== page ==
Reggae Sumfest 2018

Time for women to take a stand


By: Rootz girl

Rasta-Girl-Posters.jpg'Teck buddy gal', 'skettel’, 'bitch', 'hoes'... well the list of derogatory adjectives could go on and on that have been used by hip hop and dancehall artistes alike to refer to women in the dirt that's being called songs.

One would think that any self-respecting woman listening to these songs would feel disgust and great indignation coming to the fore as the words penetrate and then do the only acceptable thing – turn off the radio or get rend of the offending item.

But here is the shocker, there are actually women out there who find nothing wrong with the garbage being spewed out by these artistes, instead they embrace both artistes and the nonsense that are being passed off as songs.

To make matters even worse, they war with each other over the artistes that have shown their disrespect for them repeatedly in the songs they choose to do.

Am I missing the whole picture here? Is there no value placed on us women anymore? Has material things and basking in the limelight allow us as women to lose all sense of moral values, decency and some kind of pride that would see us demanding even a semblance of respect for ourselves?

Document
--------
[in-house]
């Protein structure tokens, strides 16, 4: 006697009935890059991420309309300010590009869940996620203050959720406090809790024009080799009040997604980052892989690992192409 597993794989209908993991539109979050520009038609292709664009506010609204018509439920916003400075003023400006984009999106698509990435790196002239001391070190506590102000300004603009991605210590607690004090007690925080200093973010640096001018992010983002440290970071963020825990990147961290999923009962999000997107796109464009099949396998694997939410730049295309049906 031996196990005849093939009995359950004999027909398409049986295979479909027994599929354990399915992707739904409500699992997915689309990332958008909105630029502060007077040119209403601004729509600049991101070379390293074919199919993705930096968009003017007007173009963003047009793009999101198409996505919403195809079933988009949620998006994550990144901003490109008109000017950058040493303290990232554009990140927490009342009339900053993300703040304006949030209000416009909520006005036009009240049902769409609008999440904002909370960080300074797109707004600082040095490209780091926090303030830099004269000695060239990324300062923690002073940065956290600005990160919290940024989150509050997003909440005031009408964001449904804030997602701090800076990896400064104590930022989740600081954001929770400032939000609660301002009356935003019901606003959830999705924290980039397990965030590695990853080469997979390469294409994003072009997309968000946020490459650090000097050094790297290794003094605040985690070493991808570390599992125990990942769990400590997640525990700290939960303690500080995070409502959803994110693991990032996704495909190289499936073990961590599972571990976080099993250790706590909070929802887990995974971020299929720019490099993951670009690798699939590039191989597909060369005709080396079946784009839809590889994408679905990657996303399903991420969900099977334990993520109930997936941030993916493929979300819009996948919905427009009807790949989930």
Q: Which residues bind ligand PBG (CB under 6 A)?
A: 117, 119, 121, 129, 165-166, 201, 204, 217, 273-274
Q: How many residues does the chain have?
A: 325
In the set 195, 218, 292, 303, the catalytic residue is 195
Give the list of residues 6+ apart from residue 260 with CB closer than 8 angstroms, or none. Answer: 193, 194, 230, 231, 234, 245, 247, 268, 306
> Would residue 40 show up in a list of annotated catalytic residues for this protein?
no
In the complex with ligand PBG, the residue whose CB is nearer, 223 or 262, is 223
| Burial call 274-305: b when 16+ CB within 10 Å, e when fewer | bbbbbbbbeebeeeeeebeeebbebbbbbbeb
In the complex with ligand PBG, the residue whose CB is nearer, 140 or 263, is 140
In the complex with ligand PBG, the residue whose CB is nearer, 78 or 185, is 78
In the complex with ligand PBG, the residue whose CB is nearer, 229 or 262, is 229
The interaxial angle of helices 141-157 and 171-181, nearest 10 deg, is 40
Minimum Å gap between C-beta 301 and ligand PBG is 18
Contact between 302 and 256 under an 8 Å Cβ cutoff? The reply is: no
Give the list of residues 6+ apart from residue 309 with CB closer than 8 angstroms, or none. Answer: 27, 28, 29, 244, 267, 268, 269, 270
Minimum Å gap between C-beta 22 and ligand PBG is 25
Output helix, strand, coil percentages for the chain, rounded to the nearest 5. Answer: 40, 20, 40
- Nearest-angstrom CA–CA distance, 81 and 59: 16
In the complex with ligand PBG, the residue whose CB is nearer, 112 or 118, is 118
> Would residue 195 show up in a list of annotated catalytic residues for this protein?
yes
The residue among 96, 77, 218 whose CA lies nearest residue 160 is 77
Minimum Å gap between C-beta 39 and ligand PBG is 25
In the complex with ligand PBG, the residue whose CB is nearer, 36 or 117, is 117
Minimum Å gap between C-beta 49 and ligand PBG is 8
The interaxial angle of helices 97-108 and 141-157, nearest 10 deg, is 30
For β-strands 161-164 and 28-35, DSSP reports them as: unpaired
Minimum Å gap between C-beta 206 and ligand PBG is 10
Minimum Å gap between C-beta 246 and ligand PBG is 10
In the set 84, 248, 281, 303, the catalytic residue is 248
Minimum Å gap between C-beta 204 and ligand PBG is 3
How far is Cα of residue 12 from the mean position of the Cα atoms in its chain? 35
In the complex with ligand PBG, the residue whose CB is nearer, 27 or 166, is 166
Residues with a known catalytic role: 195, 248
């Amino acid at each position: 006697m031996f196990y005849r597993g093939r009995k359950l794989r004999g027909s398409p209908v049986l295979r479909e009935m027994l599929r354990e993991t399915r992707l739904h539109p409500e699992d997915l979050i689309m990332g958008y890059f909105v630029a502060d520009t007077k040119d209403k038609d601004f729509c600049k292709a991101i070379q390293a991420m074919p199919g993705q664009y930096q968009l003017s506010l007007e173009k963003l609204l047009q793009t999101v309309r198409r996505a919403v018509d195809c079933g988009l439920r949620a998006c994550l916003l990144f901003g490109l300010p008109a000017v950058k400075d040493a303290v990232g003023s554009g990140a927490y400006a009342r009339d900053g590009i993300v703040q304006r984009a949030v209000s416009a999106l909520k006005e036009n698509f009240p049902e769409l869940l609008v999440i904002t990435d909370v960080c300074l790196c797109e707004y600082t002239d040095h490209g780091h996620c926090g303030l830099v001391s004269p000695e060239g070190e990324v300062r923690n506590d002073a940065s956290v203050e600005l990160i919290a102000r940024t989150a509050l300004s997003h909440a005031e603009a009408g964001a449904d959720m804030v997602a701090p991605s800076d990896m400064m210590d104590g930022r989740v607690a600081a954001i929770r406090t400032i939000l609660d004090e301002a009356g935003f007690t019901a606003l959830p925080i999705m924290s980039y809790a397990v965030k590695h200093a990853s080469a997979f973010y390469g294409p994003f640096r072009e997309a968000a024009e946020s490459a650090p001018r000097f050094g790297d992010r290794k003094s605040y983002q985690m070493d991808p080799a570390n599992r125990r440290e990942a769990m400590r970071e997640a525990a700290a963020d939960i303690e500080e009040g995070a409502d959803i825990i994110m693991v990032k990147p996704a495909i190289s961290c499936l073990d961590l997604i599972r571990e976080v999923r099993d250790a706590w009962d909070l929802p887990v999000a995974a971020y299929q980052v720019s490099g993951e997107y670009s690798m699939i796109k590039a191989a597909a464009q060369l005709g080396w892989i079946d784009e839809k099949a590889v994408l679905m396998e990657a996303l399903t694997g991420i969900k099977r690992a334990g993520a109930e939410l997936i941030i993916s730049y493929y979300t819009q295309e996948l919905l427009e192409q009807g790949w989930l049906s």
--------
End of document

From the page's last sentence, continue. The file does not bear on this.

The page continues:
This truth was brought home to me in no uncertain terms, as I objected to a particular song by Vybz Kartel. I thought the lyrics was crude and showed no respect to women. My greatest opponent then was another female, one who claimed the song "a teck life" and "him not talking about her"! There goes the theory of unity being strength!

If you are wondering why women are not getting the kind of respect they deserve – the answer is simple – they have stopped demanding it!

Instead of booing good cultural artistes or buying out the argument between Beenie Man and, Bounty and D'Angel, pick a good cause to let your loud voices be heard – boo for your self-respect.

Reggae Sumfest 2018


Reggae Sumfest 2018